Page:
Genetic Issues in Our Breed

Author: Diane R Mitchell

​Originally Published in GPSSC Der Schnurrbart Winter 2007 issue


  Our breed has few genetic issues compared to other pure bred dogs and way less compared to those “Designer” dogs, as the new mutts are known. I was recently asked to help a friend look into boxers. Knowing little about their health issues, I went to their national and regional clubs looking for information. On one personal web site they referred me to a list from the Association of Veterinarians for Animal Rights detailed list of Congenital and Heritable Disorders in Dogs (Dodds, Hall, Inks, 2006). The first thing I did was look into the mission statement of this group. Their mission statement told me not to trust them as a source, but as I continued to research problems in boxers and decided to see what they had to say about our breed, I realized that there are a lot of breeders who must not be reading the mission of this group before linking prospective puppy people to this document.     
​ On the AVAR’s About page on the web site, it was founded to help protect those animals that are raised by humans from the abuse that we humans don’t even know we are doing to our pets. Does this sound familiar? It reminds me a great deal of PETA’s mission. I will let you judge for yourself. Here is the exact quote from their About page. 
​“In 1981, the Association of Veterinarians for Animal Rights was founded by Neil C. Wolff, D.V.M. and Nedim C. Buyukmihci, V.M.D. These veterinarians were concerned that the nonhuman animals they were trained to care for, treat, and heal in veterinary medical school were routinely being used and abused by society, sometimes for the most trivial of reasons. They recognized that the veterinary profession, under the banner of 'adequate veterinary care,' often supported practices which were completely contrary to the well-being of the animals. Thus, the AVAR was formed to educate the public and the veterinary profession to secure higher ideals of humanity and policy toward all nonhuman animals.” (AVAR, 2006)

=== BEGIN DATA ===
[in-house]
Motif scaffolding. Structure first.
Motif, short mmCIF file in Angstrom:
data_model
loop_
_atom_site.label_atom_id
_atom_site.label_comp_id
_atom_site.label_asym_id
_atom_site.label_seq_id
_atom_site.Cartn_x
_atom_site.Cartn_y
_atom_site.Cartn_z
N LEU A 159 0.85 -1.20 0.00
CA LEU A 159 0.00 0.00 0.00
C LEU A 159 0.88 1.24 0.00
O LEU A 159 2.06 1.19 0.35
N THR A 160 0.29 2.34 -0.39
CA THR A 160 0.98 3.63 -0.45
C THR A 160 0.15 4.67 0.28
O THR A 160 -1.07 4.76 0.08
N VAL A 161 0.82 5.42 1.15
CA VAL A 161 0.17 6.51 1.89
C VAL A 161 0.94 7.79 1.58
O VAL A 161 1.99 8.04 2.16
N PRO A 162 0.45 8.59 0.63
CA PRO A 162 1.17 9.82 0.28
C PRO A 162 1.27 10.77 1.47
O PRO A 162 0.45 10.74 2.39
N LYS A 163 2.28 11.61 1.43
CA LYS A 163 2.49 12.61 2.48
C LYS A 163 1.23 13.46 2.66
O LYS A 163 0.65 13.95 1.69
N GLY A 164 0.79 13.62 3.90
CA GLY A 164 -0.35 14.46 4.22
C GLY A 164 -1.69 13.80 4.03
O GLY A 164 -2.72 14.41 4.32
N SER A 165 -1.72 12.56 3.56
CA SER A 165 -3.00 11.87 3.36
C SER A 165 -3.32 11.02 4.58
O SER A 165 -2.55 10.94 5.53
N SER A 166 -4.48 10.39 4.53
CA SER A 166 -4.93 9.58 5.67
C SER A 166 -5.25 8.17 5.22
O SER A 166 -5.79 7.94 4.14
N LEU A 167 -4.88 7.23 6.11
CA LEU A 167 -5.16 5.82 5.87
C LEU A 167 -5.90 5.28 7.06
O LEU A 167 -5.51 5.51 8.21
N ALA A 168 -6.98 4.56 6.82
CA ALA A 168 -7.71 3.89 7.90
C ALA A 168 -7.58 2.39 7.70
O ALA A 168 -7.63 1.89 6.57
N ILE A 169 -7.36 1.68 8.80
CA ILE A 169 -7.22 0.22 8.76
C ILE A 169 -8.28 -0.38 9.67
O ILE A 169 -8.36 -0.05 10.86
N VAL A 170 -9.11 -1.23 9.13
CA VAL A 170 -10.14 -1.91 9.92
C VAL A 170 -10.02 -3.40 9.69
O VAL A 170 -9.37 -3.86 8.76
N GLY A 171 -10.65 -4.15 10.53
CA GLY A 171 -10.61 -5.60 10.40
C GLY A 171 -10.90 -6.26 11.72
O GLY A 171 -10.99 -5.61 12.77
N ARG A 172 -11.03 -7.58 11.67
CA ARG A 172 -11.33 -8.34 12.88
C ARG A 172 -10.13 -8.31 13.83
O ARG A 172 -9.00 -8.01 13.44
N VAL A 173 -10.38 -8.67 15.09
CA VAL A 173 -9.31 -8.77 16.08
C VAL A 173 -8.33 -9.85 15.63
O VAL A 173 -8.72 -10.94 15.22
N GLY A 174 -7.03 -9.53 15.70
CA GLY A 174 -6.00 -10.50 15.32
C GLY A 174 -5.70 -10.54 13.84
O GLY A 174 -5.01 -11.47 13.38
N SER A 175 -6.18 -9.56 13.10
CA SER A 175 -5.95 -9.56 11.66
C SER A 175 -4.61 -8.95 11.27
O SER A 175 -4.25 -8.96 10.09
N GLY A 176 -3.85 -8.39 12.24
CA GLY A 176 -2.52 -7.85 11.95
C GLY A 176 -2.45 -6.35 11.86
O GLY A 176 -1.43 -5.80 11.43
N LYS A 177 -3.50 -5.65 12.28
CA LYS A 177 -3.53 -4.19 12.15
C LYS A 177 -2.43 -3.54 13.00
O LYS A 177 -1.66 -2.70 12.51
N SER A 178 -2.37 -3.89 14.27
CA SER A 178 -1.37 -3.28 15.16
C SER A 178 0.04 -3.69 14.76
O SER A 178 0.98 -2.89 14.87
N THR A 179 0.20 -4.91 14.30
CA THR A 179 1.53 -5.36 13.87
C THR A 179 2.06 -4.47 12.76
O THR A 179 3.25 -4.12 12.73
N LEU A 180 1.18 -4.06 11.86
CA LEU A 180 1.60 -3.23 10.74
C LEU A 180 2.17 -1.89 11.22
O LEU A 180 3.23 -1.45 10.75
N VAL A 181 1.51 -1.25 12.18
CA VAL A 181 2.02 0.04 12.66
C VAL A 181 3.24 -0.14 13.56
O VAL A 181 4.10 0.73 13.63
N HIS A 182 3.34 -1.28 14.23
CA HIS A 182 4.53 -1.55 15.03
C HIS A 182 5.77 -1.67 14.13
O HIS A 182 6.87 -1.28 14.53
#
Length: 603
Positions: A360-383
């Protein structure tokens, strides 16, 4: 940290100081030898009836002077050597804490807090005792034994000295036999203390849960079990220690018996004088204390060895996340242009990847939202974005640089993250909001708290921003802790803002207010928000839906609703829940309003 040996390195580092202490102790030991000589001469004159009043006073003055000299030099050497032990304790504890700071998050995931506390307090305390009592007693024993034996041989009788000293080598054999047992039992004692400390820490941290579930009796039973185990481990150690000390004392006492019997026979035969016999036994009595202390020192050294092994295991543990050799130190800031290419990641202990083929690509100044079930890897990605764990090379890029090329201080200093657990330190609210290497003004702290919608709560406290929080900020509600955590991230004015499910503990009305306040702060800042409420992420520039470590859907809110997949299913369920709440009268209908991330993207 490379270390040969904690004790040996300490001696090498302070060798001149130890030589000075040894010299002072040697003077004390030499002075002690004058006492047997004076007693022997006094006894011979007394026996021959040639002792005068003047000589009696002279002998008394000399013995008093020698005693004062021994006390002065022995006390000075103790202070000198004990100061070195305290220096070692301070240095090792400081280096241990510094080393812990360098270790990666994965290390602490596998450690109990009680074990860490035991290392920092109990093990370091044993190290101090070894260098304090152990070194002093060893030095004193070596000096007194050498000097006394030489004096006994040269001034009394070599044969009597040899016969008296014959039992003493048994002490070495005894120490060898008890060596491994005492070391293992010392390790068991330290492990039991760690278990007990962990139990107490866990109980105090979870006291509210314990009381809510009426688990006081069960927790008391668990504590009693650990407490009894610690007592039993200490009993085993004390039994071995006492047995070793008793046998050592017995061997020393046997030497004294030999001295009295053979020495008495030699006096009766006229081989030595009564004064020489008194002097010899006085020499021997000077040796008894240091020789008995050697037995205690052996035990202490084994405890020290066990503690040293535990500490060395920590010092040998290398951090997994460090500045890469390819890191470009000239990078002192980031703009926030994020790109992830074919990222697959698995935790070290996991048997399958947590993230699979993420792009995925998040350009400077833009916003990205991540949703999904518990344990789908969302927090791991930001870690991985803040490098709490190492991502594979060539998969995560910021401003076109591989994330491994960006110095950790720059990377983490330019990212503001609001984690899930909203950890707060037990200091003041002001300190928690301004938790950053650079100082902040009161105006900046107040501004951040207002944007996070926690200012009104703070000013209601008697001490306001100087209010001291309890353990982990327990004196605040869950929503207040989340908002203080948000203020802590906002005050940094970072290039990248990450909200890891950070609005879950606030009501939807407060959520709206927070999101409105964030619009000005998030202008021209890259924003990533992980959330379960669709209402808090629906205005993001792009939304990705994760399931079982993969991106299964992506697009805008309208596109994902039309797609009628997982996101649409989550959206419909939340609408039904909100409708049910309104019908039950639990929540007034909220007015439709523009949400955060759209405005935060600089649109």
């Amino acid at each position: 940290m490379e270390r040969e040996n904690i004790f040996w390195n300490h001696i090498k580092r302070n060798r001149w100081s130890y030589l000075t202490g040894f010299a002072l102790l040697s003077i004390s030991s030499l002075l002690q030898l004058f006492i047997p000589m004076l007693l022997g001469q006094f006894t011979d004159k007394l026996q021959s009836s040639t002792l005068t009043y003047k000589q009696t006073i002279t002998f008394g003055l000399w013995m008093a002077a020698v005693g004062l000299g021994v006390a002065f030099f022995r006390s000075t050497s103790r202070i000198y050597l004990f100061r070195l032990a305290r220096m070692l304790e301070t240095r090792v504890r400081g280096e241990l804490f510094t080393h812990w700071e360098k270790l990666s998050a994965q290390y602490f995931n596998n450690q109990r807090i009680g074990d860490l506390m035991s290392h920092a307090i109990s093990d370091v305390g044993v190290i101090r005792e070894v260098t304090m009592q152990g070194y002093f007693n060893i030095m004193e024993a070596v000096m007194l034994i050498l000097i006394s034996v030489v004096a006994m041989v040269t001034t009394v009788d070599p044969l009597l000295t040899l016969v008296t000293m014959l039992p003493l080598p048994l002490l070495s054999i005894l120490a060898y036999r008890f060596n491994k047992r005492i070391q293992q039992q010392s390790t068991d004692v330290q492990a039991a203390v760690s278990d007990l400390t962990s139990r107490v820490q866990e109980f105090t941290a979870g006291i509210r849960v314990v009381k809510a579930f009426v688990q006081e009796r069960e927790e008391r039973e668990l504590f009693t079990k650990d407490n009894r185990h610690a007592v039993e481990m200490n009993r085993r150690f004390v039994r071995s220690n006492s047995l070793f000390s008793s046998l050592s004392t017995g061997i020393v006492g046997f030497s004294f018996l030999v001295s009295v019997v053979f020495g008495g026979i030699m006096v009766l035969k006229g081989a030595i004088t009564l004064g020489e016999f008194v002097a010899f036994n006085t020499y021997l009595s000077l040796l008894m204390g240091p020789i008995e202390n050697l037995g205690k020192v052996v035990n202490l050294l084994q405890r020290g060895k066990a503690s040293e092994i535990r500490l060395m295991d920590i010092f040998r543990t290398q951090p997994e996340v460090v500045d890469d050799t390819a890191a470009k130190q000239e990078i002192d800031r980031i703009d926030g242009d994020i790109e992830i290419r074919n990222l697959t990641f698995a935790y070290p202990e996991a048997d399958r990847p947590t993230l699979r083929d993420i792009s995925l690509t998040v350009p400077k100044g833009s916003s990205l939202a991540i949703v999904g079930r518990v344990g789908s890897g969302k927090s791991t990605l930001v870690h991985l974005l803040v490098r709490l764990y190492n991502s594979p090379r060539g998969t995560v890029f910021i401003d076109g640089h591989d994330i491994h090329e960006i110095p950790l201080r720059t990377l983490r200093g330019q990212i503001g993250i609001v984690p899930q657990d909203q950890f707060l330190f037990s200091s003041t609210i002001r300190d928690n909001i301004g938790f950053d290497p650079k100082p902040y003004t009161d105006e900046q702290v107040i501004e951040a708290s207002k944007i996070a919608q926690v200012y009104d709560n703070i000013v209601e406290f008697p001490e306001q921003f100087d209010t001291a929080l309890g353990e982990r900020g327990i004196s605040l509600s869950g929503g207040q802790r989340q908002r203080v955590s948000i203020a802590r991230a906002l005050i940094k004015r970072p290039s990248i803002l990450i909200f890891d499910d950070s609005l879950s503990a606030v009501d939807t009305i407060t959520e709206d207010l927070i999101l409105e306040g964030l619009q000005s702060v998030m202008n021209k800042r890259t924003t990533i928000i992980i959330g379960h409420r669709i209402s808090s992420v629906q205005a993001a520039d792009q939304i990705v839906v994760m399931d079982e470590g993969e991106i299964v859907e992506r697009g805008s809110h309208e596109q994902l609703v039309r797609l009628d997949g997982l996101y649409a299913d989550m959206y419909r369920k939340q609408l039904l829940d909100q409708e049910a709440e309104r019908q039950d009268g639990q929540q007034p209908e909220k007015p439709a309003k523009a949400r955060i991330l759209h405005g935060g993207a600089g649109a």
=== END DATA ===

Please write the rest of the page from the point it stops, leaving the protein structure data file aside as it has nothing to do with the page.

​      As my curiosity got the better of me, I went through the list of diseases that are associated with our breed. I have gathered the list from the 334 diseases they say can be inherited in dogs. There are 18 listed for our breed.
“Addison's disease (hypoadrenocorticism): a disease characterized by inadequate secretion of cortisone from the adrenal glands. More common in Old English sheepdogs, standard poodles and bearded collies. (See #159a.) 
​Atresia of nasolacrimal puncta: a condition where the holes on the inside of the lower eyelids (puncta) are too small or closed sotears spill over the lid instead of draining to the nose. 
​Cataract: as in humans, a change in structure of the lens of the eye leading to cloudiness and usually to blindness. 
​Conjunctivitis: an inflammation of the conjunctival membrane of the eye. 
​Factor VIII deficiency or hemophilia A: the most common severe inherited clotting disorder of humans and nonhuman animals.Inherited as a sex-linked recessive trait (carried by females and manifested in males). Affects most dog breeds. 
​Hemophilia A: a blood clotting disorder due to deficiency of coagulation factor VIII (this is the most common type of hemophiliain dogs). (See #121.) 
Hypothyroidism: a common endocrine disease where the body produces an abnormally low amount of thyroid hormones. Anautoimmune destruction of the thyroid gland which affects more than 50 dog breeds. (See #192, 312.) 
​Lymphocytic thyroiditis: an autoimmune disease causing inflammation and destruction of the thyroid gland, which becomesinfiltrated with lymphocytes (white blood cells) and leads to hypothyroidism. This is the most common endocrine disease of thedog and has an inherited predisposition. (See #166, 312.)